For the bulk of the film, we don’t know that Tony and Tia are aliens. In fact, we think they’re just charming orphans. And, as long as everyone thinks that, it’s fine. They’re well-behaved and cute and only the orphanage bully has an issue with them. But, once again, when they start to show their inhuman sides, it gets less cuddly. In fact, in this case, it’s almost worse, because the humans don’t see an alien threat; they think they’re just looking at fellow humans with unusual abilities. But none of us are actually surprised to learn that we’re willing to be horrible even if we just think another human is, in a non-extraterrestrial way, alien to us somehow, are we?

Escape to Witch Mountain screenshot: Tony, Tia, cute cate who looks beseechingly at the cameraLuckily for us, this is a children’s film, which means that not everyone is bad. There’s a kind older man with an initially gruff exterior who helps them escape the rich, old, white man trying to exploit the kids. Even when the pieces come together and we learn they’re aliens whose people crash-landed on Earth, gruff old Jason O’Day still thinks they’re the neatest kids. As he reunites them with their remaining people, it’s clear that everyone hopes to see each other again. Not all of us are horrible! The aliens are still marooned but reunited in a happy little valley with their people! All is not grim!

Did you enjoy that little respite, that piece of hope that maybe we wouldn’t be entirely inhuman should we meet aliens? Get ready to get over it, because I’ve saved the grimmest for last. (I’ve included an extra picture from the film, complete with a cat, whose beseeching look suggests he knows you need rescue too. You deserve a cat for all the horrors of humanity you’re reading.)

News clippings from the District 6 Museum with non-fiction stories of inhumanityDistrict 9 is the most contemporary of my examples, and we see that we’re as sure as ever that any aliens marooned here would be sorry. The film is based on a short film previously created by the director and quite unabashedly, for those who pay attention to human events, inspired by events in District Six, Cape Town during the apartheid era. So, to be clear, we start out knowing that this is definitely about how inhuman humans can be, even to each other.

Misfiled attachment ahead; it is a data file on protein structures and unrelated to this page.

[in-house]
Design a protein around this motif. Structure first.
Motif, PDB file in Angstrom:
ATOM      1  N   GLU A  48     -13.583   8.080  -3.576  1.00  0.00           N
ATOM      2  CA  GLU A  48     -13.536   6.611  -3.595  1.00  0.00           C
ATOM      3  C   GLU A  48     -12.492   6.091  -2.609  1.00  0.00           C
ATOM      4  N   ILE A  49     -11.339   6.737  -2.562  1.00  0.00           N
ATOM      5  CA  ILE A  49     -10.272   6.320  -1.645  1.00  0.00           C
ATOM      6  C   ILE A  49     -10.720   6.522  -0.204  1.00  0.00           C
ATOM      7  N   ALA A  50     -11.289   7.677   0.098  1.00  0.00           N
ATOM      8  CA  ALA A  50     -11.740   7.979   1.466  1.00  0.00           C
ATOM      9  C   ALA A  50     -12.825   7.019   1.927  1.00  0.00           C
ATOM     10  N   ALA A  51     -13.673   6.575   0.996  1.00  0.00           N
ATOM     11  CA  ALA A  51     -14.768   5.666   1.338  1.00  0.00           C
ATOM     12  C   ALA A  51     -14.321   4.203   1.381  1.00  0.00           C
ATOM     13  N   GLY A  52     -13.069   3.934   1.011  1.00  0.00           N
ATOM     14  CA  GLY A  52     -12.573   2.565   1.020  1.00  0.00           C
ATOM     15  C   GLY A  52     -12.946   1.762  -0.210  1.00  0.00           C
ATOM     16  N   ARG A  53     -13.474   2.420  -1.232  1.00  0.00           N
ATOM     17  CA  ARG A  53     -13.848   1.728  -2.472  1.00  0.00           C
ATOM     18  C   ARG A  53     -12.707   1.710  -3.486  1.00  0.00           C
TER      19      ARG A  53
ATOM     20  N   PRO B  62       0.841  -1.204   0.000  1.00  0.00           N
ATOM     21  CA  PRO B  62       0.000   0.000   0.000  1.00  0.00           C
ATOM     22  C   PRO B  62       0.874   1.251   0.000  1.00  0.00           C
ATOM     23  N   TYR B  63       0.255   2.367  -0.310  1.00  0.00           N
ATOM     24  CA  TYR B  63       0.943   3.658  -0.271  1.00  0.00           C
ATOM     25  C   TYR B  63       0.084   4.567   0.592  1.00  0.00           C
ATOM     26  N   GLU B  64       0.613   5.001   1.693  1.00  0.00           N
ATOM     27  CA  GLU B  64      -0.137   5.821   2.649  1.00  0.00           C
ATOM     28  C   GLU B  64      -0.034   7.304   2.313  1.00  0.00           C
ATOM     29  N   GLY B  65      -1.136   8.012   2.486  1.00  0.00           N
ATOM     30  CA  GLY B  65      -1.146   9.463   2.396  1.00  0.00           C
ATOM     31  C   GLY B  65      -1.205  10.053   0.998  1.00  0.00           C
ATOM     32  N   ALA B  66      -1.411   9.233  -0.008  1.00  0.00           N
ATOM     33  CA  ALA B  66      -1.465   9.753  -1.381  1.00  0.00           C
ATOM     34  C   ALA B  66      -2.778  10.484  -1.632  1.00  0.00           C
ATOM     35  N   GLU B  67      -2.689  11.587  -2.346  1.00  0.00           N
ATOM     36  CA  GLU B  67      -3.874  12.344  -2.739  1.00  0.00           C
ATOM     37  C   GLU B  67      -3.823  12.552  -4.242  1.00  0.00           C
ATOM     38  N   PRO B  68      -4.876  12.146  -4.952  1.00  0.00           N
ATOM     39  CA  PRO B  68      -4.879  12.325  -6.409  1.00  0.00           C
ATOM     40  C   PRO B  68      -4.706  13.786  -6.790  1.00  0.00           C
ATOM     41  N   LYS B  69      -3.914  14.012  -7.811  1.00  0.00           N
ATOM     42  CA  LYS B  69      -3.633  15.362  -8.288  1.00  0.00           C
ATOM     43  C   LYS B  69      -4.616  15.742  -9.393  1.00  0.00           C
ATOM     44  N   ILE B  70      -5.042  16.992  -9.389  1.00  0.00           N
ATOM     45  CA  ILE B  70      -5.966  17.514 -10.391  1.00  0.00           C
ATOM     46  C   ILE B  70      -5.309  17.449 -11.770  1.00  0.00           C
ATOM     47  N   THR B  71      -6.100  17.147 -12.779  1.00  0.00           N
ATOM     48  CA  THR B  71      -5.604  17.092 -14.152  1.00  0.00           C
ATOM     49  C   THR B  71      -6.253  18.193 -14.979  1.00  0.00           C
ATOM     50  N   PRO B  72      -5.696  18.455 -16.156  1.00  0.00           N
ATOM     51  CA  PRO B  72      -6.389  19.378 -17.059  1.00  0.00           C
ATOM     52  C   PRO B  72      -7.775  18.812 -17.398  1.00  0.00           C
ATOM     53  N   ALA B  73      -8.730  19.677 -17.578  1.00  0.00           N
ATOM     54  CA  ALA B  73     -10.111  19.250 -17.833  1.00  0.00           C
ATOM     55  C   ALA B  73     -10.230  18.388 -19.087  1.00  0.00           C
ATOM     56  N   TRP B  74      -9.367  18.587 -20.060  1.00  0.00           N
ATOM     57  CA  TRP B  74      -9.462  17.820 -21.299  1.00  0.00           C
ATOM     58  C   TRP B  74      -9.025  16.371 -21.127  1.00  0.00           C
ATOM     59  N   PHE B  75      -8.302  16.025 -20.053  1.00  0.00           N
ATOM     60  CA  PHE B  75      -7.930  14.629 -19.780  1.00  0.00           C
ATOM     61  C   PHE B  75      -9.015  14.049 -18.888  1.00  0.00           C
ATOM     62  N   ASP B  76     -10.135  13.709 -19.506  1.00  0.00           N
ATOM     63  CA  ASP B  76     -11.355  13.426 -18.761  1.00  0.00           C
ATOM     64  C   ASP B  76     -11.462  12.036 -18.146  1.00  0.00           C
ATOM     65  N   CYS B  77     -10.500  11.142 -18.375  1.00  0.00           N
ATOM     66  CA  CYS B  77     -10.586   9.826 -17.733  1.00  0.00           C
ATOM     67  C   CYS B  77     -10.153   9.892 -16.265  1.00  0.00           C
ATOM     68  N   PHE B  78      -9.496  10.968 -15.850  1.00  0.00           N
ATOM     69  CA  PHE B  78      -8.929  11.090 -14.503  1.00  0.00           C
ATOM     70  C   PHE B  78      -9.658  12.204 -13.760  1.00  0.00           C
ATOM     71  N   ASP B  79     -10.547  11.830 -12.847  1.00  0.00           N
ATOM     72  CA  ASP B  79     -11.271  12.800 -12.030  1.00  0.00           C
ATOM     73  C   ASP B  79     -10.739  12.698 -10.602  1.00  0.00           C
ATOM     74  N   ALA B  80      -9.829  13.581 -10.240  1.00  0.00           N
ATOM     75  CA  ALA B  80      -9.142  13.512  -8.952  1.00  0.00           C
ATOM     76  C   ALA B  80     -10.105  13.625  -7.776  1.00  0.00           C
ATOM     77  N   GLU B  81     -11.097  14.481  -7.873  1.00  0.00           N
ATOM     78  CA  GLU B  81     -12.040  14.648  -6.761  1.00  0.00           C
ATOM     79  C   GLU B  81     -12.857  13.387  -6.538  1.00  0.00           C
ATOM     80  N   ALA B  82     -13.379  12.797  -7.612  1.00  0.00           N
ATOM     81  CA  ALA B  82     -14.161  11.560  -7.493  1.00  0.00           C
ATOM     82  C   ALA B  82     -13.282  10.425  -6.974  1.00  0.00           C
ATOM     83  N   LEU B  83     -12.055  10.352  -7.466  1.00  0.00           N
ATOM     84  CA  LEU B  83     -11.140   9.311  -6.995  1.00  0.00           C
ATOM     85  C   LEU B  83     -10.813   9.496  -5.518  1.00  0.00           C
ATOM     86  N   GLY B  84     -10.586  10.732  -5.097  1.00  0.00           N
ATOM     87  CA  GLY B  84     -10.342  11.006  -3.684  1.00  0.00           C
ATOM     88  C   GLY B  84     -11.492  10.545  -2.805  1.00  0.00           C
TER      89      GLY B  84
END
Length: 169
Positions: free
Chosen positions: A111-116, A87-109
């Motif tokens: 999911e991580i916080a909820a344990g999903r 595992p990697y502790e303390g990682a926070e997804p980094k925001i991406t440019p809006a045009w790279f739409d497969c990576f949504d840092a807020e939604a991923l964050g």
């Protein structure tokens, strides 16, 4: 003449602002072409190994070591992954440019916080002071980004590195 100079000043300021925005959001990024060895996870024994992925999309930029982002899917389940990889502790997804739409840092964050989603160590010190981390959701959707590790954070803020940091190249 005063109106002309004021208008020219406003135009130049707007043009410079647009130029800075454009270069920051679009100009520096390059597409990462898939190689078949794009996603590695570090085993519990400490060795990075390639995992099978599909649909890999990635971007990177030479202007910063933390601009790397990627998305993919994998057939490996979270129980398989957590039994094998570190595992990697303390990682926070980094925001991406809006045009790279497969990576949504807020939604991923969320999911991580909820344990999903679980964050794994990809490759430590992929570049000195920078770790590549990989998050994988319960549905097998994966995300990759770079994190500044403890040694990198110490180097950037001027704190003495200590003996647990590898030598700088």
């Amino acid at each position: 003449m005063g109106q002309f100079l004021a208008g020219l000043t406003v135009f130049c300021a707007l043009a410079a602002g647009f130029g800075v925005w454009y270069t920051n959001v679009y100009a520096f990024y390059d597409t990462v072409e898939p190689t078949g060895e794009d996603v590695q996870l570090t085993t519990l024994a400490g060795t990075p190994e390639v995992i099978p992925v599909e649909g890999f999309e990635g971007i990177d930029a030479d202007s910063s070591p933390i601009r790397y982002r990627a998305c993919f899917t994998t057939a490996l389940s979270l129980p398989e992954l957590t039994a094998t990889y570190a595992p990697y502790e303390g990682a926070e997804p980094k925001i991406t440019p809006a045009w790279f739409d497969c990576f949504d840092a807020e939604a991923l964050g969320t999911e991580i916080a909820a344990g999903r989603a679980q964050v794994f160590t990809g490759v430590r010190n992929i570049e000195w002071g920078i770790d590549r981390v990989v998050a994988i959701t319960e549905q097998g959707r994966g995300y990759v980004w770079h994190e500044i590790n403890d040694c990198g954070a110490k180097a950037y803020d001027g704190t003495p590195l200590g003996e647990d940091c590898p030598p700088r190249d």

In this case, it’s bad from the get-go. The poor aliens in this film look, by human standards, scary. Which means that, even if they were the sweetest beings and showed up with cancer cures and wealth for all, humans would treat them poorly. Instead, their ship is crippled and they’re stuck here. Stuck here and forced to live in a ghetto, experimented on, and seen both as a danger and as garbage. If you watch this and don’t feel horrified by humanity, I hope we never meet. Especially now that I’ve pointed out the very obvious fact that this is based on how actual humans were treated by actual other humans. Shame, shame!

District 9 alienBut, just to drive home the horror of humans, the plot includes a human who starts transforming into an alien after exposure to an alien chemical (that the aliens were carefully keeping away from humans, but humans came in and messed things up and brought this on themselves). And do you know what the other humans did as soon as they realised what was happening to their brave and, let’s be frank, injured-in-the-line-of-duty soldier? They decided to vivisect him. But, wait, we’re about to look even worse, because when this soldier escapes and goes to the very aliens he messed up for help? THEY HELP HIM. Are you ashamed of us yet? When the aliens find a way to escape Earth (the only actual bright spot in this film), I can’t be the only person not entirely concerned with whether or not they’ll do as they promised and return to heal the soldier. Faith in humanity destroyed.

Bowie from The Man Who Fell to Earth, in the torture chairI loved this film, but it’s so grim that it’s one I would own and never watch again. Unless I were already depressed and figured it couldn’t get worse. Seriously. (But you should totally watch it. Maybe it will shame you into being one of the good humans…)

And now that I’ve gotten myself down, I’m afraid I don’t have a pithy summary. I just hope, for the sake of everyone, that we’re the ones who get stranded. That we get a chance to show how big we can be instead of being likely to show just how very small we are. (Let’s end with one more relevant Bowie picture. That always soothes me…) Now, go out and be the best kind of human you can, whether it’s to other humans or to aliens. That will help scrub some shame off our collective souls…


The Prettiest Stars

Have we managed to pique your interest about glam? Want a good jumping off place for exploring it and seeing if you want to add it to your own list of likes? Here we present lists of our favourite things in glam.

Amber: Choosing favourites in any situation is something I dread (even more than I dread keeping my word count low). Especially in this context, where you’re surely going to pull out your expectations or judgements about how I ought to go for obscure things. But I put blood, sweat, and glitter into this, and I stand by my list…for at least the next week.